A couple of hundred engineers in a giant building. Giant buildings typical house many more than a couple hundred workers. Fail #1

Nothing but engineers? Seems unlikely. Fail #2

How many years into that effort was java 1.0 released? How many engineers involved in that initial effort? I’m guessing not more than 2 years and less than 10 engineers. You do know that once you release it, you can not patent it, don’t you? Fail #3

Given that 15ish years ago, UC Berkley had a course where you had to write a complete java compiler as a semester project, my best guess would be 3 engineers. Fail #4

The rest was building on the base, and you realize that not every line of code someone writes is patentable, right? That 800 man years of patentable code sounds pretty ridiculous. Fail #5

Just because you live in Cupertino does not mean you know anything about software. You may well, but your stated credentials are that you live in Cupertino. Fail #6

Not trivial != patentable. There is no sweat of the brow argument in US patent law, and I hope there never is one. There is no non-trivial rule in US patent law. Given how close the concepts of Java were to C++, where is the uniqueness. There were concepts that were in java that were not in C++, but those were widely known in the industry and the published literature. Fail #7

Huge investment required != patentable (see mining). Fail #8

Oh, and software is entirely algorithms, which are not supposed to be patentable, despite what the technology ignorant SCOTUS has ruled. Since the SCOTUS ruled, I won’t give you a fail on this, but it is a complete fail on the court system to not get this.

Wow: Quite a tally. 8 fails for you, and one (at least) for the SCOTUS.

DC (profile) says:

A giant two story building was full of nothing but software engineers working on Java for Sun...

Well, they did produce a programing language with lots of useful aspects that were not all available in one language at the time, specs and reference implementations for a large set of commonly used standards and standard functionality,for a large set of commonly needed functionality.

Based on adoption, it seems to have been very useful.

DC (profile) says:

Issue is not money

The issue is about Oracle’s desired control, not Java itself. Can you cite how Google somehow disregarded the JCP, rather than the JCP disregarding Google? Remember, the C in JCP stands for Community. Oracle is not trying to enforce standards or interoperability.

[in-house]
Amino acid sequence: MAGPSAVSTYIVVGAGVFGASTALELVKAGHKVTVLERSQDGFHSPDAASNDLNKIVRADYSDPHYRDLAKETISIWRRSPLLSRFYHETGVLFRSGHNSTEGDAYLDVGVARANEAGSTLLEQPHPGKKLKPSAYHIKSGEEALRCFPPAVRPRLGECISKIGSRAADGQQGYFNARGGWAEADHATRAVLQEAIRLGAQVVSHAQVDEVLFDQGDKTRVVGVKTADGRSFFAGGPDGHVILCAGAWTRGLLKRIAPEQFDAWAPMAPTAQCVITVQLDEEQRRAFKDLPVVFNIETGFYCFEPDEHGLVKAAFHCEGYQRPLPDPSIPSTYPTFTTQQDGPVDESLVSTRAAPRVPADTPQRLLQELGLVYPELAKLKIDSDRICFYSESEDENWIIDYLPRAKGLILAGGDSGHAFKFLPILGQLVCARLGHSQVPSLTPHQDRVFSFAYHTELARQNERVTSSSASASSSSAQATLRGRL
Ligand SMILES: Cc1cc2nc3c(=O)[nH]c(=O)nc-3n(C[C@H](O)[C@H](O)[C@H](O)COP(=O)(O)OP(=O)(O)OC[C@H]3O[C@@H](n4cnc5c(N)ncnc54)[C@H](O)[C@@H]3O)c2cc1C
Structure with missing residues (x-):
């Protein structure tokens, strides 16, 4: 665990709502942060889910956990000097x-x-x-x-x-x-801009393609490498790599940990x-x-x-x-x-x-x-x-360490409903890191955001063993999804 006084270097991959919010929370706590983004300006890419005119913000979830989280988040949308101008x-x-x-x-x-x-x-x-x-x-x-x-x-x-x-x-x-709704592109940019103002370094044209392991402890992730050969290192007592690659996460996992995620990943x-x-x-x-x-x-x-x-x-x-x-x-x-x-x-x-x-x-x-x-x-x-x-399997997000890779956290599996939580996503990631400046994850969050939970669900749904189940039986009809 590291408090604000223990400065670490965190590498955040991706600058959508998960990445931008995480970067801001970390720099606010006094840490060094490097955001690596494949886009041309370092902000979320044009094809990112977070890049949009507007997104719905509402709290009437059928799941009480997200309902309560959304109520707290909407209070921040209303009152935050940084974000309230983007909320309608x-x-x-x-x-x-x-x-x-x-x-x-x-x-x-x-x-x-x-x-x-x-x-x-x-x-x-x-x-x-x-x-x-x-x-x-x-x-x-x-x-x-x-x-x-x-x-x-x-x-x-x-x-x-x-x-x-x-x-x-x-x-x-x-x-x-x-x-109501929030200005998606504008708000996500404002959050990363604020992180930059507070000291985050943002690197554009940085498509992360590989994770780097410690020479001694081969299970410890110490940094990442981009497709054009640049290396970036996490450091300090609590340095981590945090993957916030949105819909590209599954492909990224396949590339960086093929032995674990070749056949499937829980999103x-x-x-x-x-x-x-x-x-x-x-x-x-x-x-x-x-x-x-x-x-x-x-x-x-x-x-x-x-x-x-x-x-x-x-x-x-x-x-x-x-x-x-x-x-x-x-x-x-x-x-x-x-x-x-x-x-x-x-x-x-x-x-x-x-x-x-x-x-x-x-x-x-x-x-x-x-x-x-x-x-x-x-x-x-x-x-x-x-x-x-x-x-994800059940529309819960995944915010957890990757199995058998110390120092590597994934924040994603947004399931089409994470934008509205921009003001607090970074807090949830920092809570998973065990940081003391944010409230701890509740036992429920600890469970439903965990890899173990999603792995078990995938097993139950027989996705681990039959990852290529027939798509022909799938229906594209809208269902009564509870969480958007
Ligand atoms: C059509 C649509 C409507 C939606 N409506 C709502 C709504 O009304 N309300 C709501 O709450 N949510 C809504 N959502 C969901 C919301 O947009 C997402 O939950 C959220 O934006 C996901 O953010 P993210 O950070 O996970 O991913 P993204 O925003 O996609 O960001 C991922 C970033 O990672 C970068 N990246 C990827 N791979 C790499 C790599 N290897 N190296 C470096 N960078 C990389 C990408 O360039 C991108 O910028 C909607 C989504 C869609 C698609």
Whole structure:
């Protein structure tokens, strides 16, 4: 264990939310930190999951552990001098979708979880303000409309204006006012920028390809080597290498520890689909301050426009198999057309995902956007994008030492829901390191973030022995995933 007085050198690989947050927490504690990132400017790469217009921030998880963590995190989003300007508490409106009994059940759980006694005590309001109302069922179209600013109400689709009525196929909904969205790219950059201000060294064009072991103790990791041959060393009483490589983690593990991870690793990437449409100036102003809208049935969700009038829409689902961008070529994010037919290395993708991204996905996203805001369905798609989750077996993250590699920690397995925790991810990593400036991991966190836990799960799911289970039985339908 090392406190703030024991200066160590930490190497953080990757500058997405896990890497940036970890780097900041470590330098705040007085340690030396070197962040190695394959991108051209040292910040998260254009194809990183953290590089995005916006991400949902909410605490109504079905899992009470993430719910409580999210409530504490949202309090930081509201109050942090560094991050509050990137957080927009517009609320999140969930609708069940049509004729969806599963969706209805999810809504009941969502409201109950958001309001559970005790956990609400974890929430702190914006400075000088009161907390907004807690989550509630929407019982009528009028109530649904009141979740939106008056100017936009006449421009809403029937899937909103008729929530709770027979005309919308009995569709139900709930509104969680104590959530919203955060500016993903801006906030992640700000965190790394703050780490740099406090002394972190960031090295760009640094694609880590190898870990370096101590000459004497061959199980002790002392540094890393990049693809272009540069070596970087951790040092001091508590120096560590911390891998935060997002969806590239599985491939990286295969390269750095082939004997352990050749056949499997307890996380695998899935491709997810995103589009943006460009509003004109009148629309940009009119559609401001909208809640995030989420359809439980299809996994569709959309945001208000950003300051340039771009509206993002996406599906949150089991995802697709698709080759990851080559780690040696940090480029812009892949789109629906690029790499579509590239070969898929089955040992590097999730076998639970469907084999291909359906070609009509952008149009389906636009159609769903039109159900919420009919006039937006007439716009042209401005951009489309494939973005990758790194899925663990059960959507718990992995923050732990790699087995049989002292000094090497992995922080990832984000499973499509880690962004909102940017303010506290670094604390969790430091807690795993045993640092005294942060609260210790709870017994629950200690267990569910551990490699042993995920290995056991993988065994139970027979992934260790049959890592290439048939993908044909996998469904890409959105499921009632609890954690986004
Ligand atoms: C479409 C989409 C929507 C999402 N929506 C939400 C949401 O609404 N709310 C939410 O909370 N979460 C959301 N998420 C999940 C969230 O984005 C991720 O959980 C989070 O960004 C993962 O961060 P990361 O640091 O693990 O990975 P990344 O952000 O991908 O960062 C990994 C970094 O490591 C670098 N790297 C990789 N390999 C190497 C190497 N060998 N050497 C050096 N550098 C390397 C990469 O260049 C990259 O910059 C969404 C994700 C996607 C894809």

Can you cite examples of Android’s implementation of the Java standard APIs whose behavior deviate from the Java spec?

Standards are about firstly inputs and expected outputs, and secondly, behavior between inputs and outputs.

If the standards call different implementations of the standards to be divergent, then there is no such thing as an interoperable standard. If you work for Microsoft or Oracle, you like that idea.

There is no fragmentation in this issue. Write once, run many still lives.

If Android’s implementation of both inputs / outputs, and behavior differed from the spec it would have failed in it’s goal. Please cite examples of this difference.

Java was always about specifying the language and the behavior, with lots of validation suites to make sure implementations adhere to the spec. There are more than one implementation of Java, so one more shouldn’t be a problem.

DC (profile) says:

Peppe Le Pew

Correct, they are supposed to have more than an idea. They are supposed to patent an implementation .. so that people some years later can build on it.

Sadly, this never happens in most cases, especially software, since the implementation would be algorithms, which are not supposed to be patentable but would facilitate reproducing the effects of that software later, after expiration. Oh .. and the actual algorithms are never disclosed.

Please identify one software patent which should prevent another implementation of the idea by someone else.

Please identify one software patent with enough non public information for a company to replicate the tech.

Please identify any case where someone was able to use a software patent in relevant software after the patent expired.

G Thompson (profile) says:

Linked Lists

If the USPO allows such basic programming structures that were actually used/discovered 40yrs ago) as a Linked List then why anyone bothers programming anymore in the USA is beyond me.

Oh Wait… didn’t Israel and then India take over by outsourcing programming to their countries instead of the USA?

staff (user link) says:

another biased article

The Constitution says ?To promote the Progress of Science and useful Arts, by securing for limited Times to Authors and Inventors the exclusive Right to their respective Writings and Discoveries?. Therefore, if an invention is useful and promotes science, it should be patentable. It?s that simple.

Masnick and his monkeys have an unreported conflict of interest-

They sell blog filler and “insights” to major corporations including MS, HP, IBM etc. who just happen to be some of the world?s most frequent patent suit defendants. Obviously, he has failed to report his conflicts as any reputable reporter would. But then Masnick and his monkeys are not reporters. They are patent system saboteurs receiving funding from huge corporate infringers. They cannot be trusted and have no credibility. All they know about patents is they don?t have any.